In part to document that detainees were not abused, Rodriguez ordered some of the interrogations videotaped. For fear the videotapes would leak and show the faces of those involved in the interrogations, making them targets for al-Qaida, Rodriguez asked the CIA leadership and the White House if he could destroy the tapes. When no word came back and his own legal counsel said no laws would be violated if he ordered them destroyed, he did so. A transcript of the interrogations remained intact.
Still, the Justice Department of George W. Bush opened a criminal investigation of Rodriguez’ actions, while Democrats have claimed that enhanced interrogation had nothing to do with ending the life of bin Laden.
But largely ignored by the media, none other than Leon Panetta, President Obama’s choice to head the CIA, settled the debate on May 3, 2011. Two days after bin Laden’s death, when he was still CIA director, Panetta gave an interview to NBC’s Brian Williams.
On World News Tonight, Panetta confirmed that the CIA obtained some of the intelligence that led to bin Laden from enhanced interrogation, including waterboarding.
After three years of investigation, Attorney General Eric Holder Jr. closed the case against Rodriguez without bringing an indictment. But Holder reopened and then ultimately closed cases against CIA officers involved in the interrogation program.
As noted in my story "Former Prosecutor: Leak Case Is 'Not Prosecutable,'
” the Obama administration continues to undermine the intelligence community’s efforts with highly damaging leaks disclosing sources and methods related to successful secret operations.
“I have never had any regrets about the decision that I made,” Rodriguez told the AFIO audience. “It was the right decision for the right reason. And the right reason was to protect the identity of the officers whose faces were on those tapes. I had no doubt that the tapes would leak someday.”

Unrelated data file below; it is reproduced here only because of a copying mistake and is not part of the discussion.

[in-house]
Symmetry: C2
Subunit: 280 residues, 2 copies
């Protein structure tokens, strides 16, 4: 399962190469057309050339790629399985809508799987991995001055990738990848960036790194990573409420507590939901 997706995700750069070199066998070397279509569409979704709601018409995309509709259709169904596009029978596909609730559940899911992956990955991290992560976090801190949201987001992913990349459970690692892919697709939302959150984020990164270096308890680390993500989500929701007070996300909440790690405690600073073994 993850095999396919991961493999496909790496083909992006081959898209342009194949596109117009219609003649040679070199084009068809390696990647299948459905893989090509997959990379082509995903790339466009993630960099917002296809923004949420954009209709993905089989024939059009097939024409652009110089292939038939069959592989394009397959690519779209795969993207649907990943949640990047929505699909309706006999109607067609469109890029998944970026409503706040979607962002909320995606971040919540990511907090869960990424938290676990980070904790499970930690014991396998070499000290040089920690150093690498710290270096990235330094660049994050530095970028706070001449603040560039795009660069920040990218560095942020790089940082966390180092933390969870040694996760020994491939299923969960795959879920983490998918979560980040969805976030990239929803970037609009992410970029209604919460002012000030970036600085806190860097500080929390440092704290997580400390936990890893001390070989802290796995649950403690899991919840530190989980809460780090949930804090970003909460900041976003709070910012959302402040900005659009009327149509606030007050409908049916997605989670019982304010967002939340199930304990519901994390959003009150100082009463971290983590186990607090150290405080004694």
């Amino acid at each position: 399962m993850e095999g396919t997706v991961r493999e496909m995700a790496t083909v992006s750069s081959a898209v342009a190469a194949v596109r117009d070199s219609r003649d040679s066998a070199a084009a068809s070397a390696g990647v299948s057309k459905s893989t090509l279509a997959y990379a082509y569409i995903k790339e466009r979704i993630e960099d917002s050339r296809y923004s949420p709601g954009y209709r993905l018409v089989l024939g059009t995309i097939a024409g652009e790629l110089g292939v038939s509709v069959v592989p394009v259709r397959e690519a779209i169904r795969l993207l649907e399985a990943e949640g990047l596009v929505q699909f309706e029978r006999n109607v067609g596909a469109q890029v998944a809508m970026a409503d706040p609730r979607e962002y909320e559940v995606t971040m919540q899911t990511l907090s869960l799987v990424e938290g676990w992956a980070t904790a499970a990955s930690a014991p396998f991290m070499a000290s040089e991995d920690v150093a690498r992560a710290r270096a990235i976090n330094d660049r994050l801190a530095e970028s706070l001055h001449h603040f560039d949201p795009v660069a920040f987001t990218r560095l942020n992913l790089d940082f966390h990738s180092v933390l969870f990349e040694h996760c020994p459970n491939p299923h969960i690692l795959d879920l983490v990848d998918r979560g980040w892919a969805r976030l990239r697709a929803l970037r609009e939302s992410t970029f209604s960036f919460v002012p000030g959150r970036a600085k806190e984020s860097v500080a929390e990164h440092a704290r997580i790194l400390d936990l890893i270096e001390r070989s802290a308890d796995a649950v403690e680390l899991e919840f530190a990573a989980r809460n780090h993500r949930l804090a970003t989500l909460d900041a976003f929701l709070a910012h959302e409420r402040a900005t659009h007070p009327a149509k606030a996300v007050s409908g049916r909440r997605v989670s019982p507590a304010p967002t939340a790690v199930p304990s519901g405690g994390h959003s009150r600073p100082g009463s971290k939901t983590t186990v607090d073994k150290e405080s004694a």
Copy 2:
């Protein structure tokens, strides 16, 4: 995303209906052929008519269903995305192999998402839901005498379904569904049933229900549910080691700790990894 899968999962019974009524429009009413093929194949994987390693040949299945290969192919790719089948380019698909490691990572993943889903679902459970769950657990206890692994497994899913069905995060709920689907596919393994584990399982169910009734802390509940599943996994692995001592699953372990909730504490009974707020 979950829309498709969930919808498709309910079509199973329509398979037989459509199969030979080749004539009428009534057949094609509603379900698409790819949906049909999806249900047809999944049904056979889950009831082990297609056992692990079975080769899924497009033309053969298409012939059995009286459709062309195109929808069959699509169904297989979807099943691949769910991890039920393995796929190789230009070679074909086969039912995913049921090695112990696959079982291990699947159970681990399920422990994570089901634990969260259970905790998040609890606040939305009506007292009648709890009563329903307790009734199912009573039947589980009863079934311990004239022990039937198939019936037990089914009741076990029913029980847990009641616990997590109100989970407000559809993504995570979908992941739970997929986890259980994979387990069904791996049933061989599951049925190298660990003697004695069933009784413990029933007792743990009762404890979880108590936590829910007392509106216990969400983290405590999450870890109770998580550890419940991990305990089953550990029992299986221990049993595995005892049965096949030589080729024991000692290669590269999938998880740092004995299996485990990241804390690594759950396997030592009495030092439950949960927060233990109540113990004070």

Rodriguez said the sorry episode broke a bond of trust between the CIA and elected leaders.
“The enhanced interrogation program was authorized and sanctioned by the government of the U.S. of America,” he said. “So when President Obama says waterboarding is torture and that the enhanced interrogation technique undermined our values and ideals . . . he breaks the covenant that exists between CIA officers at the pointed end of the spear and the government that directed them and authorized them to be there.”
As a result, “I worry about the current and future generations of CIA leaders who will question whether the authority that they received from their president will last longer than one election cycle,” Rodriguez said. “I worry about this for the safety of our nation.”
That worry is compounded by the fact that the media rarely gave the American people the straight story.
Ronald Kessler is chief Washington correspondent of Newsmax.com. He is the New York Times best-selling author of books on the Secret Service, FBI, and CIA. Read more reports from Ronald Kessler — Click Here Now.